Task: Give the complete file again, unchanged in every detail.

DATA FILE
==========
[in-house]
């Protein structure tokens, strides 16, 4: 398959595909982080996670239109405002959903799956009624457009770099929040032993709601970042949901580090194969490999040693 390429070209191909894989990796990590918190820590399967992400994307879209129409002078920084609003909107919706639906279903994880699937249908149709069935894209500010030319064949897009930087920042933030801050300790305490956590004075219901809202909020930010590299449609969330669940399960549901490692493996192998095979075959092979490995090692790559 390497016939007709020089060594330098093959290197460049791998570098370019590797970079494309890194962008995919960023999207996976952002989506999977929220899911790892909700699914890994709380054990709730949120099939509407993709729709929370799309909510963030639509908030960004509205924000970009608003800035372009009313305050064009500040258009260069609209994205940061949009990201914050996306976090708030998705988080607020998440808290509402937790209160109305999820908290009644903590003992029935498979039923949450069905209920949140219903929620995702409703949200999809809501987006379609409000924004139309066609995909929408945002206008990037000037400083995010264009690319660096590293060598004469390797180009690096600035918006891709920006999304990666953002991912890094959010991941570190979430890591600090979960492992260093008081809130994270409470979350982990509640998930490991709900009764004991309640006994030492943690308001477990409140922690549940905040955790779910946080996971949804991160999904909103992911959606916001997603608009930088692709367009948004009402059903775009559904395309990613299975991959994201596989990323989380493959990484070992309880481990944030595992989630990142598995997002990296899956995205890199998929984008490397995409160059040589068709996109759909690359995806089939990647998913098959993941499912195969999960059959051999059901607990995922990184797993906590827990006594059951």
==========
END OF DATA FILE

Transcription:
[in-house]
């Protein structure tokens, strides 16, 4: 398959595909982080996670239109405002959903799956009624457009770099929040032993709601970042949901580090194969490999040693 390429070209191909894989990796990590918190820590399967992400994307879209129409002078920084609003909107919706639906279903994880699937249908149709069935894209500010030319064949897009930087920042933030801050300790305490956590004075219901809202909020930010590299449609969330669940399960549901490692493996192998095979075959092979490995090692790559 390497016939007709020089060594330098093959290197460049791998570098370019590797970079494309890194962008995919960023999207996976952002989506999977929220899911790892909700699914890994709380054990709730949120099939509407993709729709929370799309909510963030639509908030960004509205924000970009608003800035372009009313305050064009500040258009260069609209994205940061949009990201914050996306976090708030998705988080607020998440808290509402937790209160109305999820908290009644903590003992029935498979039923949450069905209920949140219903929620995702409703949200999809809501987006379609409000924004139309066609995909929408945002206008990037000037400083995010264009690319660096590293060598004469390797180009690096600035918006891709920006999304990666953002991912890094959010991941570190979430890591600090979960492992260093008081809130994270409470979350982990509640998930490991709900009764004991309640006994030492943690308001477990409140922690549940905040955790779910946080996971949804991160999904909103992911959606916001997603608009930088692709367009948004009402059903775009559904395309990613299975991959994201596989990323989380493959990484070992309880481990944030595992989630990142598995997002990296899956995205890199998929984008490397995409160059040589068709996109759909690359995806089939990647998913098959993941499912195969999960059959051999059901607990995922990184797993906590827990006594059951």